For the United States and Europe, this amounts to a colossal strategic failure. Nothing — and certainly not the outcome in Afghanistan or Iraq — was more important than getting Egypt right. President Obama, who began his presidency with an attempt to build bridges to the Arab and Muslim world through a speech in Cairo, has seen his greatest failure in that very city. Post-Tahrir Egypt stands now as a monument to America’s declining influence in the world, even in a nation receiving $1.5 billion in annual aid.
All that American money translated into no ability to restrain a largely American-trained military (including General Sisi). It translated into little ability to persuade Morsi to reach out beyond the Brotherhood and refrain from railroading through a divisive constitution.
The Obama administration has appeared hesitant and wavering, zigzagging from support for Morsi to acceptance of his ouster.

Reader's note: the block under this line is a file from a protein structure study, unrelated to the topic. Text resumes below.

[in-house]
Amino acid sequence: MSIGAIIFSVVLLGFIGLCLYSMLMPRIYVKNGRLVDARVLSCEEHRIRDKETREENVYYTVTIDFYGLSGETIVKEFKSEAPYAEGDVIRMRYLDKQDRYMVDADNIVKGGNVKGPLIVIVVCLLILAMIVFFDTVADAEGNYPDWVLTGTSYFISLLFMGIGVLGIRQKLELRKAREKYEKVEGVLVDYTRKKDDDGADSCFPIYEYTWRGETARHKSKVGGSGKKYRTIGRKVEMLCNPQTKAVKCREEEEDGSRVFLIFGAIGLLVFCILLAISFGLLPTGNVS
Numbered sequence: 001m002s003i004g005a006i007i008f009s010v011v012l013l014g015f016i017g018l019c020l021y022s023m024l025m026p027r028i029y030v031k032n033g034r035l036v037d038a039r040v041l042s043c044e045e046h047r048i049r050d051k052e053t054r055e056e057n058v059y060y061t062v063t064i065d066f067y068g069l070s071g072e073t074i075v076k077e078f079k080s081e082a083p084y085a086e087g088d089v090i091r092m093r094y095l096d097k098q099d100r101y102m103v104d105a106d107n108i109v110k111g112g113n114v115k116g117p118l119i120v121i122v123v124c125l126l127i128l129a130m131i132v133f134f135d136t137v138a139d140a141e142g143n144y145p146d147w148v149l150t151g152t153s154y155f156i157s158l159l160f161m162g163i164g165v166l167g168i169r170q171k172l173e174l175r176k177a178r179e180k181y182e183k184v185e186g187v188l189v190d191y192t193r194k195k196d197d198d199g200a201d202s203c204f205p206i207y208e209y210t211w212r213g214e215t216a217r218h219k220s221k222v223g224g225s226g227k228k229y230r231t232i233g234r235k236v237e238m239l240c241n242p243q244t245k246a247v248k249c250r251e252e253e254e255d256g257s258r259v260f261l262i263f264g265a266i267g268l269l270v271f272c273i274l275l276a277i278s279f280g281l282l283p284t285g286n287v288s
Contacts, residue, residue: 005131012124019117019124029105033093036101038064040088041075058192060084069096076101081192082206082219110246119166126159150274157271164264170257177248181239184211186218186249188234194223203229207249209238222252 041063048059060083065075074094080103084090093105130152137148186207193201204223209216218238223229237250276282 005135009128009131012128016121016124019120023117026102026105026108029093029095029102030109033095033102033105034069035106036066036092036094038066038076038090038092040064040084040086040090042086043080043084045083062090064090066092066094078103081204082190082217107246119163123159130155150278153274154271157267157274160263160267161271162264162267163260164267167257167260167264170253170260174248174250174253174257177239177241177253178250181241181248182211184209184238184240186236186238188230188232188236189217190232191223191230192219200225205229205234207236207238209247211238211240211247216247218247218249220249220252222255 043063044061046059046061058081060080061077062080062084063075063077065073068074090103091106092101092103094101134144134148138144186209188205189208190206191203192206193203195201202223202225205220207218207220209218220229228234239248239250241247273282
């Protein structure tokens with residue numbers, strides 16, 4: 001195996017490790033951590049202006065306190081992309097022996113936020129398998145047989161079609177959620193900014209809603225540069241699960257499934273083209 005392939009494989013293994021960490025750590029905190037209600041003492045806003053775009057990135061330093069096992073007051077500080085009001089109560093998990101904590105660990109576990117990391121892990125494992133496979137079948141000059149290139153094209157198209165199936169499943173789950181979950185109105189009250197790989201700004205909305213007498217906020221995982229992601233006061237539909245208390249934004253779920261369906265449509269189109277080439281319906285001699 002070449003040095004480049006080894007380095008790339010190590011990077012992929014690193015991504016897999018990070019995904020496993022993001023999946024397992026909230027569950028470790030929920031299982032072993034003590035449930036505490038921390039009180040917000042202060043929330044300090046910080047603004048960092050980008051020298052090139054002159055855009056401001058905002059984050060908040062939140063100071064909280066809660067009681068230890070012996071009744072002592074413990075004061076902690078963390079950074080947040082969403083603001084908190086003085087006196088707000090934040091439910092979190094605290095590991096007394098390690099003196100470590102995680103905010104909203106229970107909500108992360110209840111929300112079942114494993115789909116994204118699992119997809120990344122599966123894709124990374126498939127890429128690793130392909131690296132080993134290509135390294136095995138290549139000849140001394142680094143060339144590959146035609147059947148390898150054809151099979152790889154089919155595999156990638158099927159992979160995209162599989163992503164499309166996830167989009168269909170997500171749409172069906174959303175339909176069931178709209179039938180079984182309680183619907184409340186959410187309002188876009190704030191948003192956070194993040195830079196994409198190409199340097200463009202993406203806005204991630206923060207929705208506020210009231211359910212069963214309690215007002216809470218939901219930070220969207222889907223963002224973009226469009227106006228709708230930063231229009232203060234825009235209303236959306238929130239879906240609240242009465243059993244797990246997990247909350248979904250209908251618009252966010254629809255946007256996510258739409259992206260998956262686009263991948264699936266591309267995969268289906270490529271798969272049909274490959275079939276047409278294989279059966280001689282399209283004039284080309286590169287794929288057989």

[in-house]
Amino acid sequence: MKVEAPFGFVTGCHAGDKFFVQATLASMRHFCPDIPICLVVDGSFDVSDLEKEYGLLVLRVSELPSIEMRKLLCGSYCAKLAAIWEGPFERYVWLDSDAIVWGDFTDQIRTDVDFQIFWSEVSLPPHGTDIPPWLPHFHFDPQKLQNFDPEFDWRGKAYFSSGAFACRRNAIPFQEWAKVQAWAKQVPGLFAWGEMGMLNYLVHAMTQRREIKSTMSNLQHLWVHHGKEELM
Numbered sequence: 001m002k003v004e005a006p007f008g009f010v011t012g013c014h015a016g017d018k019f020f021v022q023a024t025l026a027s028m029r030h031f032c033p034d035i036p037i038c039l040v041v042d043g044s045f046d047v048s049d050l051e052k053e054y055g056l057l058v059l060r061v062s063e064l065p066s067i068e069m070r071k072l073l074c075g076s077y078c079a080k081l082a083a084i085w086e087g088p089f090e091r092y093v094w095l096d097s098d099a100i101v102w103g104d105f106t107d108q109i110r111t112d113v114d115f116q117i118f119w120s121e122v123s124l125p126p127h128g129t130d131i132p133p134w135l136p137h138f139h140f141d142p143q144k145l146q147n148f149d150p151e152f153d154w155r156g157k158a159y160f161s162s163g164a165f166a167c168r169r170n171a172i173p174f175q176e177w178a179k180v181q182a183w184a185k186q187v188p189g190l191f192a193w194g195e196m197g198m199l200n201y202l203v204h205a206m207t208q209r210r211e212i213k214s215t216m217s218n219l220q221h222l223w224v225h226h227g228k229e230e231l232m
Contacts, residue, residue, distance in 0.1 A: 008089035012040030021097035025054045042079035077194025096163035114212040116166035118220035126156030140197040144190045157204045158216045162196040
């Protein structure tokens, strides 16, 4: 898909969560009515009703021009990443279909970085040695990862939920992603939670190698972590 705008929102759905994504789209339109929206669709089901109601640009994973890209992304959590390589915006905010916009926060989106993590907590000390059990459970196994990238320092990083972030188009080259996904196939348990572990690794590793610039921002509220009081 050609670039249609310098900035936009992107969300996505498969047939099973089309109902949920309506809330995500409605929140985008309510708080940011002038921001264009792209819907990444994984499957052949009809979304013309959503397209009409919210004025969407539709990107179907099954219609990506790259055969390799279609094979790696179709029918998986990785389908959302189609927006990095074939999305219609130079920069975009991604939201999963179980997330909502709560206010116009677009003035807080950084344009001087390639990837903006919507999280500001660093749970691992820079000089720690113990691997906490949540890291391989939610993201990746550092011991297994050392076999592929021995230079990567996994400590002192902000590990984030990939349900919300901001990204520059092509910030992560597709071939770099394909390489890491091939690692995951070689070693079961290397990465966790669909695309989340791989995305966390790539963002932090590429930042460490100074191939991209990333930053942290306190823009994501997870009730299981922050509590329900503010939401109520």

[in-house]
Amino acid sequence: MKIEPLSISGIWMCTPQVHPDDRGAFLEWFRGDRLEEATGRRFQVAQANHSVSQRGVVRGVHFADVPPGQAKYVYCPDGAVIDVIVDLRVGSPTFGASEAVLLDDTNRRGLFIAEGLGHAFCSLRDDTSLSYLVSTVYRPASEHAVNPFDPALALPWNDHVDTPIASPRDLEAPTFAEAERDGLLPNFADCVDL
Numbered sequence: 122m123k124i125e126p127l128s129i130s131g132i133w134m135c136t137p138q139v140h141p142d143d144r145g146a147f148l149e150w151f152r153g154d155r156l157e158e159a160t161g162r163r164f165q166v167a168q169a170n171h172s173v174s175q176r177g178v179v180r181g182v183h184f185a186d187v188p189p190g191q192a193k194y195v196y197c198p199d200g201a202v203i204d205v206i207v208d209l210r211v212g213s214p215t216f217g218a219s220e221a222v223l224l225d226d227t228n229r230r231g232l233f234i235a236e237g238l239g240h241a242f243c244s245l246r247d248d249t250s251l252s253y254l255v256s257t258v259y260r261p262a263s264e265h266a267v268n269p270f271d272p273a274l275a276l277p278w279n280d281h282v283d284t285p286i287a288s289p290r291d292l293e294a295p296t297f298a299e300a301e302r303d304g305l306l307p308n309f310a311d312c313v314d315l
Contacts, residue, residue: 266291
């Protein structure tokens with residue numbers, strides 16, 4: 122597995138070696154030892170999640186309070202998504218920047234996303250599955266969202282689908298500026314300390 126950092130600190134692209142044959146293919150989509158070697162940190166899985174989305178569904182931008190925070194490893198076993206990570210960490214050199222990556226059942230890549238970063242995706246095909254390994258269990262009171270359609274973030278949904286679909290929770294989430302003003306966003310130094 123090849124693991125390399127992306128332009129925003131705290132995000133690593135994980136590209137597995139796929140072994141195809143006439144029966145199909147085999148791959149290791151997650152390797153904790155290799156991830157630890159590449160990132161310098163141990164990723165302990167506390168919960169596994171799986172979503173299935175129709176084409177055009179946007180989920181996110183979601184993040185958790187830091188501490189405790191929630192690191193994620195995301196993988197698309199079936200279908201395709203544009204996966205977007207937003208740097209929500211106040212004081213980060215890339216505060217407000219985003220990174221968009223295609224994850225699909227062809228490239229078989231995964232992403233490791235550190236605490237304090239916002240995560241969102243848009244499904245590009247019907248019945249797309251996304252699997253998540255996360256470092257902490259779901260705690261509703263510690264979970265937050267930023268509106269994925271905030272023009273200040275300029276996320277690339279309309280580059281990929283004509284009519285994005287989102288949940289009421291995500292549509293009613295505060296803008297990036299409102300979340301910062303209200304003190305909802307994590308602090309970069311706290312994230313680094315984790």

That’s certainly true, as far as it goes. But the author, Roger Cohen, seems clueless because he seems to be surprised or to have expected otherwise, from Obama or from Egypt or from the Brotherhood. Cohen also seems to think the “knave vs. fool” question should be answered “fool” for Obama, and I disagree; I am very distrustful of Obama’s motives and goals in Egypt.
When I started this blog, I chose the name “neo-neocon” because it means “new conservative who used to be a liberal Democrat.” I discovered that “neocon” unfortunately also seems to be used quite often as a pejorative term for people who are eager to wage war to spread democracy or who think liberal democracy is easy to achieve and will just happen if we allow it. This couldn’t be further from what I actually believe. You will find a great deal of verbiage about what I do believe if you go to the right sidebar and read under the category “neocons,” but suffice to say I believe it is very difficult to foster liberty-protecting democracies (or republics) in countries with no such tradition of it, although it should be a very long-term goal.
It seems that the very best interpretation we can give for Obama’s treatment of Egypt is that he has been more naive than the stereotype of any neocon in presuming Egypt would manage the feat virtually unassisted. And most of the pundits of the left or liberal persuasion seemed equally sanguine about the possibilities. Some were knaves and never believed it to begin with, and the rest were fools.